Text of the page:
Ajam Digital Archive: Recentering Personal and Communal Histories

The below is an article written by two of our editors-in-chief, Beeta Baghoolizadeh and Rustin Zarkar, about our newest project that will be launched next week: the Ajam Digital Archive. If you are interested in contributing your own family items to the Ajam Digital Archive, email us high-quality scans of documents and photographs at archive@ajammc.com and submit information about your contribution here.

Family Portrait of Three Generations in Lahore, 1915. Contributed by Atif Sheikh. Ajam Digital Archive, http://www.ajammc.com/

For the past three years, Ajam has supported exciting research on the lands stretching from Anatolia to Central and Southern Asia by publishing articles, photo essays, mixtapes, and podcasts that shed light on the region’s diverse realities, histories, and cultures.

In order to expand our range of approaches, we have recently introduced the Ajam Digital Archive. The archive is dedicated to documenting lived experience from across the region, and is a space that we can all engage with—be it by contributing family documents, photographs, and media, or by perusing it and using it towards personal research projects.

A user-generated and crowd-sourced digital space, the Ajam Digital Archive will promote research by enabling individuals to take part in preserving pieces of 20th century life across the regions we have come to refer to as Ajamistan due to the kinds of historical, cultural, and intellectual connections that have long defined them (for more information on the meaning of the word “Ajam” and the reason we use it to describe these lands, please read “Why Ajam?”).

We want to invite you to join the knowledge-sharing process. By creating a space where you can contribute documents, photographs, and other media from 20th century life, the Ajam Digital Archive represents a collective effort in preserving the memory of daily life as it was lived.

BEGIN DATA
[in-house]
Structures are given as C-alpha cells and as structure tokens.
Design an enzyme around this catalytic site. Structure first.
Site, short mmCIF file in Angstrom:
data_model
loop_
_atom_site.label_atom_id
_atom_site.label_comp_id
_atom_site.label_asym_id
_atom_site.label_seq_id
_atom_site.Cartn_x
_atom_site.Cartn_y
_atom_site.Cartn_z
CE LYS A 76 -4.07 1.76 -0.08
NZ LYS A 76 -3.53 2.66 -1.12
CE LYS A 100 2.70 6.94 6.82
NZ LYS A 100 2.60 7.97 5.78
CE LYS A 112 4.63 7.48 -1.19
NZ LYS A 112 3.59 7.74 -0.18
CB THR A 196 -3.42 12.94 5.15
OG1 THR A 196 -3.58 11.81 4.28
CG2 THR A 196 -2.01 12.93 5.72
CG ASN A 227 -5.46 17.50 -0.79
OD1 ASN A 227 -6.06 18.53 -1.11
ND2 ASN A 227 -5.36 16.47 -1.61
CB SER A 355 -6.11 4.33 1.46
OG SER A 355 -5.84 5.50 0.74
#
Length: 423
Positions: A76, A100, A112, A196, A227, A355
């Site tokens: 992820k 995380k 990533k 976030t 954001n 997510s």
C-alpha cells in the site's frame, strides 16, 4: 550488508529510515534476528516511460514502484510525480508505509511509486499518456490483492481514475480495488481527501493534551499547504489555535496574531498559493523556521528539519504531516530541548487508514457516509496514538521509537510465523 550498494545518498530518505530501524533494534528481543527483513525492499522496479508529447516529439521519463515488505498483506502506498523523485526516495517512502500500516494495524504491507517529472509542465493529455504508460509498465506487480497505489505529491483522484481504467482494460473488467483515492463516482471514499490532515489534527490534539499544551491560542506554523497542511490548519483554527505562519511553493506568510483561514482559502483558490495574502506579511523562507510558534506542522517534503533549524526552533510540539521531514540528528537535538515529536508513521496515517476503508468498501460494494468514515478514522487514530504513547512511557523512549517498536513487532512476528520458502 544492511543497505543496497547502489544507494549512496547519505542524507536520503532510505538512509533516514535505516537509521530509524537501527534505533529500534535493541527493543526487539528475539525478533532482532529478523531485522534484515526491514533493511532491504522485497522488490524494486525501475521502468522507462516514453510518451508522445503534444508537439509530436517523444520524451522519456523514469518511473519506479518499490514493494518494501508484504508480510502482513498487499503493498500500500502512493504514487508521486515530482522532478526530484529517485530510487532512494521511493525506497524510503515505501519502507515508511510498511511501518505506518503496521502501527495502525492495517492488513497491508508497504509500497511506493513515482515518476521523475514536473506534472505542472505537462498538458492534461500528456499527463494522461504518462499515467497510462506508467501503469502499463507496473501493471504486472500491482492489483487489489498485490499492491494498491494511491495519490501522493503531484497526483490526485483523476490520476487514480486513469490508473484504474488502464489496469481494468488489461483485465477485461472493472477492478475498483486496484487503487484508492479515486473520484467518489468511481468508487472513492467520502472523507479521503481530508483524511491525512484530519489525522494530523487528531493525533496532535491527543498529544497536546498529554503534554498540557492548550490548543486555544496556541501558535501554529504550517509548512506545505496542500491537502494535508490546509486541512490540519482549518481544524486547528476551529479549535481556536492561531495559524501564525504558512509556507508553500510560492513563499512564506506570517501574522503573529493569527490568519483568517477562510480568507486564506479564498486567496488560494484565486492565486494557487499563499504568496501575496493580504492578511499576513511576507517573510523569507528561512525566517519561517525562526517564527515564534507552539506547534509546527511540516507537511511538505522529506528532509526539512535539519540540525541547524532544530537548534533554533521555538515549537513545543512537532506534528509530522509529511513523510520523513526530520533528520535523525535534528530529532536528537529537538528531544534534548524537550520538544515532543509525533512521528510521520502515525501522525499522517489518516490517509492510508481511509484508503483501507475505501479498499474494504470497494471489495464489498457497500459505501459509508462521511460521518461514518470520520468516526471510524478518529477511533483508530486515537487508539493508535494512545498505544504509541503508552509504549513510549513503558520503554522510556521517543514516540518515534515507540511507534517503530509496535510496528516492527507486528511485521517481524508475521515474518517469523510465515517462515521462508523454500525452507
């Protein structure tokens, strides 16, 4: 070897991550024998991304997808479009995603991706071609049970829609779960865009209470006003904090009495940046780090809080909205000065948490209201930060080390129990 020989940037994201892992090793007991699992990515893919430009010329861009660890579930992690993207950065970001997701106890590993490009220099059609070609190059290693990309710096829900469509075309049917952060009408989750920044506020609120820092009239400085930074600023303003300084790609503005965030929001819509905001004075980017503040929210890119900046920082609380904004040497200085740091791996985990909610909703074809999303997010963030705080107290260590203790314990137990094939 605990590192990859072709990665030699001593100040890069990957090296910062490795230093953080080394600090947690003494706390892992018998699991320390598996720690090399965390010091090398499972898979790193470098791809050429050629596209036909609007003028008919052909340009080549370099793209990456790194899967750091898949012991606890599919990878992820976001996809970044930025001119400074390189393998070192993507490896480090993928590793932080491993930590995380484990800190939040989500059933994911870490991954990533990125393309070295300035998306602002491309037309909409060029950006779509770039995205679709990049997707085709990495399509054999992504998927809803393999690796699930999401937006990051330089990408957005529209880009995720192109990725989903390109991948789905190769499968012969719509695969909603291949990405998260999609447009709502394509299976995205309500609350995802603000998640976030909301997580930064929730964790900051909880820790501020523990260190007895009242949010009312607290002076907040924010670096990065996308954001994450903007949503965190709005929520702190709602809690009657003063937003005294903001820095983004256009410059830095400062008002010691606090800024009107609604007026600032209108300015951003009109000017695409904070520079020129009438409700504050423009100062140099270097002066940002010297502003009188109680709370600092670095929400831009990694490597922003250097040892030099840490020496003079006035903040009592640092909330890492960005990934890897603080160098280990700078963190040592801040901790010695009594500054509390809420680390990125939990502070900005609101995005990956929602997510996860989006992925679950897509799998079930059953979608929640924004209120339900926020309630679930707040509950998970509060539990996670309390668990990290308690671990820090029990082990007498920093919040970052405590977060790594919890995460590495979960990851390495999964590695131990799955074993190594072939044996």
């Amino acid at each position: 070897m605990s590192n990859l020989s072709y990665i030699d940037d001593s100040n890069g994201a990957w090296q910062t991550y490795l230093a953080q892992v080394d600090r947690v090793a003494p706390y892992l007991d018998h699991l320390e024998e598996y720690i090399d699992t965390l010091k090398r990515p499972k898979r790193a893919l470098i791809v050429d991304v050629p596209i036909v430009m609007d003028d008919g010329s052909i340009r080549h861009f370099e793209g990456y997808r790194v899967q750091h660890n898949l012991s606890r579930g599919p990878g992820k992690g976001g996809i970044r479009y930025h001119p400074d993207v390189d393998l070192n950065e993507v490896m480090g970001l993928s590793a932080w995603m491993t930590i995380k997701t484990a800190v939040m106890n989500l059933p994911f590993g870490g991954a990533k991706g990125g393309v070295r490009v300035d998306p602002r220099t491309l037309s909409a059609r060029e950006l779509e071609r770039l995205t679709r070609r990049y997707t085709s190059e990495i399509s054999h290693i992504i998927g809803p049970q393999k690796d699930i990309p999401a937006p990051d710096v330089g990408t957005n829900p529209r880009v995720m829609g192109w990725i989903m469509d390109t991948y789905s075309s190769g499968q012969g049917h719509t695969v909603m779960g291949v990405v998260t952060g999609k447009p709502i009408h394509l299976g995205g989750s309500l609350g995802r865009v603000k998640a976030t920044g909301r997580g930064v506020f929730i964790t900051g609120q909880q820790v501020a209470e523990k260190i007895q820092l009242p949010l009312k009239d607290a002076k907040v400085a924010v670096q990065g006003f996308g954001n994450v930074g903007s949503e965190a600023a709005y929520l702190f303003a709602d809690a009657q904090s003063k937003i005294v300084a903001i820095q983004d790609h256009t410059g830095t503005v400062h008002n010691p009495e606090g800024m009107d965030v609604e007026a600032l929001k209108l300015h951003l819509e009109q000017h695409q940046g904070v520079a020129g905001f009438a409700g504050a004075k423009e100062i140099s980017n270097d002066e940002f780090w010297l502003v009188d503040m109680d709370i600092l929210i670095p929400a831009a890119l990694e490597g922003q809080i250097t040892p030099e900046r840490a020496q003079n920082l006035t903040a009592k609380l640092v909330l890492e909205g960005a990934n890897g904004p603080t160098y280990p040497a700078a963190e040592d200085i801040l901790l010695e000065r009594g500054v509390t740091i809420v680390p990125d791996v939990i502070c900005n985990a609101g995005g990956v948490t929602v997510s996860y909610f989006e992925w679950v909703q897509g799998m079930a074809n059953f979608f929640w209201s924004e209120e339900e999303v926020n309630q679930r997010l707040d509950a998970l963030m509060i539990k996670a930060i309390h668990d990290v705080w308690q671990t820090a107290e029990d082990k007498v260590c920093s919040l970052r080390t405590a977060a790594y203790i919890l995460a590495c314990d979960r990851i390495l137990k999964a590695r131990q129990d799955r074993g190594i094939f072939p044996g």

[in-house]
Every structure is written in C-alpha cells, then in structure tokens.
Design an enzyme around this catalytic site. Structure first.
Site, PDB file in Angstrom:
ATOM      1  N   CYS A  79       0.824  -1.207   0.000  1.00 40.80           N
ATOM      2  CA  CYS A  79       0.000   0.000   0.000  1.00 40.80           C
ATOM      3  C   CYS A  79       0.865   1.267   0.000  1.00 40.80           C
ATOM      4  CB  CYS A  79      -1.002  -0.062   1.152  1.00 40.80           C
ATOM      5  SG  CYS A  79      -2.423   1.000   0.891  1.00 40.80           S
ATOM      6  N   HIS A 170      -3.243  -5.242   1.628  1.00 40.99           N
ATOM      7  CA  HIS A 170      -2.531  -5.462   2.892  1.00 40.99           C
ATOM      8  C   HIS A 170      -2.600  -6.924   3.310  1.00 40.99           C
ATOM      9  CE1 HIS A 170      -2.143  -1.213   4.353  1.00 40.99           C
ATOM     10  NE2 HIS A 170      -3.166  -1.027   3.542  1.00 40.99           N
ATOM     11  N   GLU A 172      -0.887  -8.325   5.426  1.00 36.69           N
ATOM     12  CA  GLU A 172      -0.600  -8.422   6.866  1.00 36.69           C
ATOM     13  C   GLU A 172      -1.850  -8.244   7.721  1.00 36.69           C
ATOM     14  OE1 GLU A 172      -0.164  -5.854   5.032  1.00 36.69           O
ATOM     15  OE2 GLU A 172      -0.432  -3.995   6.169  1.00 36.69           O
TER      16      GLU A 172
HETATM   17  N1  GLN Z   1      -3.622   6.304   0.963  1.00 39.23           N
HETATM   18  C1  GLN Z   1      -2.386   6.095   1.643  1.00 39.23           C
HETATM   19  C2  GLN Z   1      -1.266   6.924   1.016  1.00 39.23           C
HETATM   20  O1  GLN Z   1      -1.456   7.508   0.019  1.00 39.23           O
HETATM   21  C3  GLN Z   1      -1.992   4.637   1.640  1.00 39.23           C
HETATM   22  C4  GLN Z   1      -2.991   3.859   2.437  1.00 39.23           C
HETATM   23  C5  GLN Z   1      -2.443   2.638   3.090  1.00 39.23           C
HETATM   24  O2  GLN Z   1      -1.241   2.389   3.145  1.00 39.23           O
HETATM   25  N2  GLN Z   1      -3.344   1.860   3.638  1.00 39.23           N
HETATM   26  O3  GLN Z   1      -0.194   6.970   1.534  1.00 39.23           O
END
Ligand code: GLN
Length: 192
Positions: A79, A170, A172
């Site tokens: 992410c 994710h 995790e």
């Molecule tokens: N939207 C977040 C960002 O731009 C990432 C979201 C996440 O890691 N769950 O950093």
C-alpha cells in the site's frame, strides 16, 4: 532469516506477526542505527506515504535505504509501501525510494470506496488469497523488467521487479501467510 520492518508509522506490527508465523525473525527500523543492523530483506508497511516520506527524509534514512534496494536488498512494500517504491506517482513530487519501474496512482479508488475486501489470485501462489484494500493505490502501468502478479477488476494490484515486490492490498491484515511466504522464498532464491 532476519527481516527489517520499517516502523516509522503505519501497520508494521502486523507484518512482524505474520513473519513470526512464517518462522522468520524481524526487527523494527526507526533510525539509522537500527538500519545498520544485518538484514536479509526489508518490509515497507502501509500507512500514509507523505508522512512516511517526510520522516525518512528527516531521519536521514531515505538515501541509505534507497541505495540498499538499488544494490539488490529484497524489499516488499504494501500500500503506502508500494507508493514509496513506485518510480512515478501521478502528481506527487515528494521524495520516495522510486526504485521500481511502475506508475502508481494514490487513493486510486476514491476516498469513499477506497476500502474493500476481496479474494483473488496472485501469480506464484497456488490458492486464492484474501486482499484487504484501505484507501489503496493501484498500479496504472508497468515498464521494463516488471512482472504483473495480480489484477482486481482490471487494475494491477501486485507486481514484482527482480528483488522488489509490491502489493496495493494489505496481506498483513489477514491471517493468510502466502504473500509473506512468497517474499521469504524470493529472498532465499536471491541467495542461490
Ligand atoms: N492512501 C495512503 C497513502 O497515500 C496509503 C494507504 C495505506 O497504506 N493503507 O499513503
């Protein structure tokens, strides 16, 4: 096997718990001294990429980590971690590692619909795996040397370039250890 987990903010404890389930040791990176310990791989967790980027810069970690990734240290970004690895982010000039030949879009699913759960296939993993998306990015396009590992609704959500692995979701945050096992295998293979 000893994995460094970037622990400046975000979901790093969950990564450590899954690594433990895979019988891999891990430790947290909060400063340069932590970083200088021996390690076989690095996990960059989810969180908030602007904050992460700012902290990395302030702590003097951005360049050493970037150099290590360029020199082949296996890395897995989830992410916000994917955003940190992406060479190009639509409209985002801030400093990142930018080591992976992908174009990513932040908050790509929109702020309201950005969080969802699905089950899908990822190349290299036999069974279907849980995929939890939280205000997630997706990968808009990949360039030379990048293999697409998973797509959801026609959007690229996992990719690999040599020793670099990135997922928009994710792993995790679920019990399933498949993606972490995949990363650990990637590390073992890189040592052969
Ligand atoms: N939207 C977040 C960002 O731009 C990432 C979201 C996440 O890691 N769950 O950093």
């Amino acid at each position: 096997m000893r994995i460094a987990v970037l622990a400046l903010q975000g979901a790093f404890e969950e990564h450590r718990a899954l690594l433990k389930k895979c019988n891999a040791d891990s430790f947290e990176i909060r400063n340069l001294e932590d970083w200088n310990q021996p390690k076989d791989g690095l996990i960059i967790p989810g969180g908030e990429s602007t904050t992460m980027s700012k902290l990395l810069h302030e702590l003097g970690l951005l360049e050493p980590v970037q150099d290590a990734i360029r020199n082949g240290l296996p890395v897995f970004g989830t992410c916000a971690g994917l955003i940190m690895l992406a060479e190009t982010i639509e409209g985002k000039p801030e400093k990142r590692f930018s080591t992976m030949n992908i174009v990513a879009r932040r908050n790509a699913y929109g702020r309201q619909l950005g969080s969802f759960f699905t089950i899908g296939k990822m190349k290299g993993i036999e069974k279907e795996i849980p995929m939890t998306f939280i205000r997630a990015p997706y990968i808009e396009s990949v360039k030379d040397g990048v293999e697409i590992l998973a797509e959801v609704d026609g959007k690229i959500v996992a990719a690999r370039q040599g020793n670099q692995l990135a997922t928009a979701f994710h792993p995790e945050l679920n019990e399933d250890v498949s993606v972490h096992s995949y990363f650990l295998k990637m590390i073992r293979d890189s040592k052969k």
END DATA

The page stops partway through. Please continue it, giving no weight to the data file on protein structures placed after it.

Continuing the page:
Portrait of a Tehrani Jewish Family Commemorating the Return of their Son and his French wife from Paris, 1954. Anonymous. Ajam Digital Archive, http://www.ajammc.com/

A People-Driven Archive

We are archiving everyday objects because family histories are important. Too often, history has been written from above, and the past has been understood through the lenses of grand ideologies. But understanding the past through family history allows us to see a different kind of world, a world that is far more complex than those grand ideologies would have us believe.

Family histories tell us how people actually lived and how they experienced the world around them. How people conducted their daily lives, their social, cultural, and political routines, and how those big historical moments and changes affected real people’s lives in small and big ways. The items collected for the Ajam Digital Archive will allow us to document and record history from below—how it was actually lived, experienced, and understood. It is precisely these histories that were ignored in favor of tales that focused exclusively on wars and revolutions, rarely giving us a sense of how life was lived amidst it all.

By serving as an accessible space for objects not traditionally included in historical narratives, the Ajam Digital Archive will allow us all to participate in history-making, weaving together personal and familial stories and doing the work of historians.

Maryam Savoji Girl’s High School Classroom in Tehran, 1967. Contributed by Ali Karjoo-Ravary. Ajam Digital Archive, http://www.ajammc.com/

But then, why history? The problem is that history cannot be contained in the 200 pages of a book. Many see History as the inevitable march of time, a sequence of causes and effects that ultimately determine where we are today. Textbooks deliberately present history as one long cohesive and coherent story with a seemingly finite number of events. Even though the authors intend to illuminate the past, history-writing is always shaped by the attitudes and circumstances of the present.